Third-placed Shaun Cumming was ecstatic about his performance. If the course had been 10 metres longer, he would have caught Kosgei but the Highland Hill Runners club member was delighted. He said: “It’s great. I ran here six years ago and did 3:19 so it’s a big step up from that. My best time before this was 2:32 at Edinburgh in May,so this is another huge improvement.”

Jemima Farley admitted she was unaware how close she came to breaking the course record when winning the women’s race. The Malta-based Aberdonian doctor lifted the title with a superb time of 2:42:40 to knock close to four mins off her previous best set at last year’s Richmond marathon. The Loch Ness record of 2:42:04 was tantalisingly just 36secs outside her grasp. But her time puts her into second position in this year’s Scottish women’s rankings.


Great Britain international Mhairi MacLennan (handicap -0.1) returned to her home town to scythe 46 seconds off the 16 year-old women’s course record in the Baxters River Ness 10k with a time of 33:00. The Edinburgh-based athlete, who was raised in the Highland capital, was competing in the event for the first time since she was a youngster and certainly made her presence felt by producing an outstanding performance. Only 10 men were faster. The previous record of 33:46 had been set by Kenyan athlete Cathy Mutwa in 2006 but MacLennan simply tore that to shreds.

She said: “I’m delighted but because its two secs outside my personal best so I’m actually a little annoyed about that.  When the clock came into sight, I thought surely I can get a personal best, but not quite.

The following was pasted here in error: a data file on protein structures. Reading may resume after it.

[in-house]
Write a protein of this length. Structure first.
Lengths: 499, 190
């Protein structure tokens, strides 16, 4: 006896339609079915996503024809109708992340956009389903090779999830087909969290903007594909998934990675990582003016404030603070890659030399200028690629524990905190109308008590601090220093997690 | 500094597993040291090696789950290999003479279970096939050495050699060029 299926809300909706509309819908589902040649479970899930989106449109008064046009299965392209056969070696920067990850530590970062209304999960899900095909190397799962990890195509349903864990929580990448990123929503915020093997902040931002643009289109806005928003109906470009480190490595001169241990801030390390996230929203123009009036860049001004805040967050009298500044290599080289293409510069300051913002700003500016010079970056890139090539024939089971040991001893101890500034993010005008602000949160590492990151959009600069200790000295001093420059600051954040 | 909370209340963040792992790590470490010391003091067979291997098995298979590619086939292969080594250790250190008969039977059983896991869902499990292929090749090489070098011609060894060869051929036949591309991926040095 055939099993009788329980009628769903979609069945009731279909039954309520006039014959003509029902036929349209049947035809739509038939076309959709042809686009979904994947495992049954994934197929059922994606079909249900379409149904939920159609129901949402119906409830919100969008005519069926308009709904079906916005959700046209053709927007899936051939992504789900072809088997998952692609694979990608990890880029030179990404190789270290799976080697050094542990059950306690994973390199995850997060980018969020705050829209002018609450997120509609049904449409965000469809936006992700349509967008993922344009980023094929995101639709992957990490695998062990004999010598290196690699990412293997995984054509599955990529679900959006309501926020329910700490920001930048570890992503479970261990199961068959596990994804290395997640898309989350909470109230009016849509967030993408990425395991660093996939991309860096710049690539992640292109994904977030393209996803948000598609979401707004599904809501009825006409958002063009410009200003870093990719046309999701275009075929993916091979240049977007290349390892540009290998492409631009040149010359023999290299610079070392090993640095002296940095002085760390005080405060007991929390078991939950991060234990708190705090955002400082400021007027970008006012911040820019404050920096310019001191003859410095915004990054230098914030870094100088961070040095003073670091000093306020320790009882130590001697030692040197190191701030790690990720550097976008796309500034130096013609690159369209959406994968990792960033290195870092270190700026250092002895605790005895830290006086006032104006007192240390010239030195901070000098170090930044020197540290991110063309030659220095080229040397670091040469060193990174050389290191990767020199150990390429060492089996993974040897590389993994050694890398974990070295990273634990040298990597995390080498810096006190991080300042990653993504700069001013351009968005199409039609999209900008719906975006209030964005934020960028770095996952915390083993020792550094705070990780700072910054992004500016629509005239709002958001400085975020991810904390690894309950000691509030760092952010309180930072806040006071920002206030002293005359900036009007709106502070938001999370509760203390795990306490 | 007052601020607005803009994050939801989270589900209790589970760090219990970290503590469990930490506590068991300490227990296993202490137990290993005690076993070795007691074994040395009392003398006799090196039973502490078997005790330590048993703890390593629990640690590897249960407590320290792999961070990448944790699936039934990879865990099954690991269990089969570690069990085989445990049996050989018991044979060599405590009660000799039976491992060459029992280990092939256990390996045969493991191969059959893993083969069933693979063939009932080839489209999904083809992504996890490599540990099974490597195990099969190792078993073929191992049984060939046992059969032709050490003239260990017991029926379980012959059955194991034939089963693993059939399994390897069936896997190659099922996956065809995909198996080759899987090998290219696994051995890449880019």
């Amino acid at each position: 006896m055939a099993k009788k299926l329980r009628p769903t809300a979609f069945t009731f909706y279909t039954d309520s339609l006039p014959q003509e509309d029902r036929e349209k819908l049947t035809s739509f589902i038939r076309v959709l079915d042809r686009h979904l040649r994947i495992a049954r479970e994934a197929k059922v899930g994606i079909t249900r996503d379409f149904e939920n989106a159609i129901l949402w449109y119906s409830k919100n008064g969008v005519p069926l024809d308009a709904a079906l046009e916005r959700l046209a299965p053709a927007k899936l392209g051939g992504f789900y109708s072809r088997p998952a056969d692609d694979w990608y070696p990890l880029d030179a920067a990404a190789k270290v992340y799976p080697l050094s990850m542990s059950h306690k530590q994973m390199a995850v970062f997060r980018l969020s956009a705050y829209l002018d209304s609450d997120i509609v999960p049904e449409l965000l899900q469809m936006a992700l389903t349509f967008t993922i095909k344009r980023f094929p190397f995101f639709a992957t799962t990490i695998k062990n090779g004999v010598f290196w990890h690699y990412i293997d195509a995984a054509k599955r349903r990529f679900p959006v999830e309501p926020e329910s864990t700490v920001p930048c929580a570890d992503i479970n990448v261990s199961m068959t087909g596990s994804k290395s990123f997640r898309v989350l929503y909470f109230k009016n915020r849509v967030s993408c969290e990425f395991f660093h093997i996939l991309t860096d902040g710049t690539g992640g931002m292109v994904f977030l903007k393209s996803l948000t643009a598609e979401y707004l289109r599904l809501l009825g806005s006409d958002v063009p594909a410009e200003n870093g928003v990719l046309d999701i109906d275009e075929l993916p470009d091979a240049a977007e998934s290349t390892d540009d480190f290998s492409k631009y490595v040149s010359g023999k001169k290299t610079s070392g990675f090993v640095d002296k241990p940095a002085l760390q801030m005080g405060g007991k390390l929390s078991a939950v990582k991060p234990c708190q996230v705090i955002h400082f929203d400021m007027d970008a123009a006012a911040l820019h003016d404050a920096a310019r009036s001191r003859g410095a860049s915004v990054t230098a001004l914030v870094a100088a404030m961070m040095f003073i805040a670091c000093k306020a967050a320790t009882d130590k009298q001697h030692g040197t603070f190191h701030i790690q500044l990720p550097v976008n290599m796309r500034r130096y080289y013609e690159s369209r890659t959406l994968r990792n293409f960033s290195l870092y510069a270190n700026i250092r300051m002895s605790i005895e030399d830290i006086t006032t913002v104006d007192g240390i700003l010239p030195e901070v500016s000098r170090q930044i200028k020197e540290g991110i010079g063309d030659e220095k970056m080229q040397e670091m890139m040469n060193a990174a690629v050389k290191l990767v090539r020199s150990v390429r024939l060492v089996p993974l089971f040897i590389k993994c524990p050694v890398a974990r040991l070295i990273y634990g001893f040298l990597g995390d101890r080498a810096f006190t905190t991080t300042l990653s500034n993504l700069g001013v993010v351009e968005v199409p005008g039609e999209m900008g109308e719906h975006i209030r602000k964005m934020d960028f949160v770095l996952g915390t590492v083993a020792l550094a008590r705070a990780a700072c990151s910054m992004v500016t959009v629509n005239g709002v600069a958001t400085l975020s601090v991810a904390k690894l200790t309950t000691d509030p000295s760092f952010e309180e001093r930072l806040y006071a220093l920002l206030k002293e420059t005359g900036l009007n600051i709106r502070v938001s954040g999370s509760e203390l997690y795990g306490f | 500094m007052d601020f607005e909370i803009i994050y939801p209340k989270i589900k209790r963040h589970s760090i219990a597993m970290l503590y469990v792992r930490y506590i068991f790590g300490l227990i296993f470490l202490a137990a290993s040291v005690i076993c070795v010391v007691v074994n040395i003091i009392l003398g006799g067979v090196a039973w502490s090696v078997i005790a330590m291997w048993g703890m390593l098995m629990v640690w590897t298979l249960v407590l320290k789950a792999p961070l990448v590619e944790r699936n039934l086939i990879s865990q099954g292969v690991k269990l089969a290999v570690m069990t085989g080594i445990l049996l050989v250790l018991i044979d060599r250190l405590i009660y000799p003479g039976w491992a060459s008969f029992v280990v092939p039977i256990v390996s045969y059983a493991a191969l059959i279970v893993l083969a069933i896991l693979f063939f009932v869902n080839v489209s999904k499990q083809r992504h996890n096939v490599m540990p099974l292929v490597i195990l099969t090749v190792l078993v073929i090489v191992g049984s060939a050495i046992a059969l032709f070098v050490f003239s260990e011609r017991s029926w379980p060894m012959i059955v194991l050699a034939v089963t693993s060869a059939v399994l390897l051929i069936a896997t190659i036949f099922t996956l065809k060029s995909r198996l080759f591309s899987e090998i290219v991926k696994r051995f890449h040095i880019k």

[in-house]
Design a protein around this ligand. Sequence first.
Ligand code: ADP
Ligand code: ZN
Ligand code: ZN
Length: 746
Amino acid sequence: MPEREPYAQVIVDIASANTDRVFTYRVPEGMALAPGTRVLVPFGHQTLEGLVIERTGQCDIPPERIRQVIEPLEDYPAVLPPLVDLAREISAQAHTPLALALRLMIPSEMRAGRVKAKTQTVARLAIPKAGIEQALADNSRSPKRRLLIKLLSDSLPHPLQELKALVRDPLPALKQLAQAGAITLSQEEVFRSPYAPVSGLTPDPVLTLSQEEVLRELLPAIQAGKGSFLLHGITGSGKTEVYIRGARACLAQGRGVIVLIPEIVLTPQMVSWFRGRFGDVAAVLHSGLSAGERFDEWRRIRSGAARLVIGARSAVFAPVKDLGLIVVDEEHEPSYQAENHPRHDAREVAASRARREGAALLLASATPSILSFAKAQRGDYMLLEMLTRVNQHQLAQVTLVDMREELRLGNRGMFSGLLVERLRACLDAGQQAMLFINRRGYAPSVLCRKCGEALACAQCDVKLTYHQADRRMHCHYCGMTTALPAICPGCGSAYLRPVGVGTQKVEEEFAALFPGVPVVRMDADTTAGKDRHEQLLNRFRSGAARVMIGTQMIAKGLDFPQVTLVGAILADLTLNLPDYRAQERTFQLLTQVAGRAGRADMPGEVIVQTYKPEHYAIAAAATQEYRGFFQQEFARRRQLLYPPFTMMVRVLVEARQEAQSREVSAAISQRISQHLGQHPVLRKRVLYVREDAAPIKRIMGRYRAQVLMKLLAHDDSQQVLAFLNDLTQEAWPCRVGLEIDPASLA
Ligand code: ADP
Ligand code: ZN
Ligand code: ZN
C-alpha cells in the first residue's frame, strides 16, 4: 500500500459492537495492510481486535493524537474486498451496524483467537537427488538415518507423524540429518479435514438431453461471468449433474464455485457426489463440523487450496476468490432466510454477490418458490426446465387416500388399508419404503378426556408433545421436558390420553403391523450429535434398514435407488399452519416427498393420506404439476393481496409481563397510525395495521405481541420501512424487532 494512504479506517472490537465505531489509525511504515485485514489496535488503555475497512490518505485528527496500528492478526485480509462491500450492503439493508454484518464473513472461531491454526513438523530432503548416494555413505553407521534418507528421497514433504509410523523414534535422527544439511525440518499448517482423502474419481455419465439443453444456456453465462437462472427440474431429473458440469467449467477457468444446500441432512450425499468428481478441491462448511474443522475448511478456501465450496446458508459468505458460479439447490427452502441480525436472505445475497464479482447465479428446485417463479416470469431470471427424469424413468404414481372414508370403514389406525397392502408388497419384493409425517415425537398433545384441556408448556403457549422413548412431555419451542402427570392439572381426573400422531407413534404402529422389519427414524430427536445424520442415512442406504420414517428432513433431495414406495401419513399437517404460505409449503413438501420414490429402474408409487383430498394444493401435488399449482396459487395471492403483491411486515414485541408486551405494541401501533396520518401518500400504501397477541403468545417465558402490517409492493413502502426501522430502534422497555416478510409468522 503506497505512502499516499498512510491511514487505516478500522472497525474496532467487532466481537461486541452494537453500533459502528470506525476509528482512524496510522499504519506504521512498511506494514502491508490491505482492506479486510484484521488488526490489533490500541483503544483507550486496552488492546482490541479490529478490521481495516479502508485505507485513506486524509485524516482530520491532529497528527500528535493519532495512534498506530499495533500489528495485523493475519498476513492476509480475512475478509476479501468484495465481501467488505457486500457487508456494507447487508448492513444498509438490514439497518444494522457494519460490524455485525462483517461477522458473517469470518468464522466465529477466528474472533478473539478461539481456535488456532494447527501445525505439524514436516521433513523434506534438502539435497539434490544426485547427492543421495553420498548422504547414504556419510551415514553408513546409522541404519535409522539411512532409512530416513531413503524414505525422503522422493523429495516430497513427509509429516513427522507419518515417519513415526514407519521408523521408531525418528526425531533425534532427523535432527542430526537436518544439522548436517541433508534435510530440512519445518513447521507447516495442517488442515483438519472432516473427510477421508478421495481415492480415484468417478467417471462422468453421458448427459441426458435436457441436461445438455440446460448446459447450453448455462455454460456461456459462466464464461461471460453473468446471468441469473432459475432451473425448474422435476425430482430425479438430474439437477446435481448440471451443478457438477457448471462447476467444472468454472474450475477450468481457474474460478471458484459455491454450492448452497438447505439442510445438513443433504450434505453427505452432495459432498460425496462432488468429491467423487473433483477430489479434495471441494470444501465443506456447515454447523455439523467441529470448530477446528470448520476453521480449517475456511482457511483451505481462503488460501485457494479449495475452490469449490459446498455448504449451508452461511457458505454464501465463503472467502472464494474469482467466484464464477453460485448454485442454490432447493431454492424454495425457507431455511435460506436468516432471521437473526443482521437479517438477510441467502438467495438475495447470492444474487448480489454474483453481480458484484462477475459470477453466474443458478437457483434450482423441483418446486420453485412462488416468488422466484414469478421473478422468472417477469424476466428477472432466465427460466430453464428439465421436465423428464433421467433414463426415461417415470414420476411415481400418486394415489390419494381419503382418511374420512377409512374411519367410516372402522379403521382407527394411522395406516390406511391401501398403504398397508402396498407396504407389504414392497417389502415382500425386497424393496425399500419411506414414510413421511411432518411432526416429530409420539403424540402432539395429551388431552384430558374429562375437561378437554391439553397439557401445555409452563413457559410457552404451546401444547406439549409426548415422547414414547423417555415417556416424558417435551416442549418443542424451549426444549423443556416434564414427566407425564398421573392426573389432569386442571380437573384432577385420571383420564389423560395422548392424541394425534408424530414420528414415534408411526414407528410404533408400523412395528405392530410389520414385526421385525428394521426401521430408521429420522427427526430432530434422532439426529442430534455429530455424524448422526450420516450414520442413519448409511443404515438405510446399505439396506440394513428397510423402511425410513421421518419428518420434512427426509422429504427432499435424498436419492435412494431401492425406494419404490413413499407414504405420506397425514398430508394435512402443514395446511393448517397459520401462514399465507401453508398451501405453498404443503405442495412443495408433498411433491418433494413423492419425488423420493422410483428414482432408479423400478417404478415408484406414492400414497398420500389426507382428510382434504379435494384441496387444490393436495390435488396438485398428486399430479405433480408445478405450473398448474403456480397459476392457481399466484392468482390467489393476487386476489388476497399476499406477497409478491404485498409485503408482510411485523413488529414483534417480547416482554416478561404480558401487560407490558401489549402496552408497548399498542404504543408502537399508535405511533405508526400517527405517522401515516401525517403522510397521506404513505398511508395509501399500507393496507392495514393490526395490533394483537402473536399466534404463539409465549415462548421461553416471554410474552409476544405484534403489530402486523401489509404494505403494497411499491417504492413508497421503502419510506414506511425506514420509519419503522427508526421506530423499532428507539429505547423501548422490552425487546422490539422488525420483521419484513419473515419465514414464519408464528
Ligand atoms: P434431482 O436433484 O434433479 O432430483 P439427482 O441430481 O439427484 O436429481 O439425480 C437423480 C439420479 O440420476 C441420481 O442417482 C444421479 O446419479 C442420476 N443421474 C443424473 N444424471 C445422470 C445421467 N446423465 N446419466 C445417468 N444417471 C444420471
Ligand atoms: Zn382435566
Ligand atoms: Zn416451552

“I didn’t know what shape I was in beforehand because I haven’t raced for six months so I was treating this as a run-out ahead of doing a half marathon in Portugal next weekend.

At halfway although I thought I might get the record, I still wasn’t sure if I might blow up. So, I was constantly checking in with my body for the rest of the race and I guess I surprised myself.”

Runner-up Virginie Barrand (handicap 0.6) ran a superb time of 33:39 which passed under the radar to some extent because of MacLennan’s outstanding performance. The Metro Aberdeen  member was thrilled as she is in the middle of training hard towards the Valencia marathon in December.She said: “That’s a personal best by more than two minutes, so I am very happy considering my focus is on marathon training.”

Scotland Commonwealth Games 800m representative Jenny Selman (handicap -1.2), wife of marathon winner Dougie, took third spot. It’s the first time the Fife AC runner has competed in a 10k.

Lachlan Oates (handicap -4.2) won the men’s title after a three-way battle for supremacy which was only resolved over the final two kilometres. The 30 year-old Elgin-based Shettleston Harriers club member, competing in the event for the first time, eventually pulled away from Kent AC’s Owen Hind (handicap  -2.4) and defending champion Sean Chalmers (handicap  -5.1) to take the top prize in a time of 30:26.

Oates said: “I tried to run my own race. I took the lead at the start and led for 4k with Sean and Owen just behind. After 4k they went past me but I responded by putting in a couple of surges as I felt they weren’t really going any faster. After the first surge Sean dropped a bit and in last 1.5k I saw Owen’s shadow dropping further behind.I’m pleased with the time as I would have been happy with 30:30 so 30:26 is the fifth best I’ve done so I’m pleased with that.

Hind was runner-up in 30:32 while Chalmers had to settle for third position in 31:05.


UK runbritain rankings for endurance events and age groups 

Other results from the weekend are on the following links: 

Road/multi terrain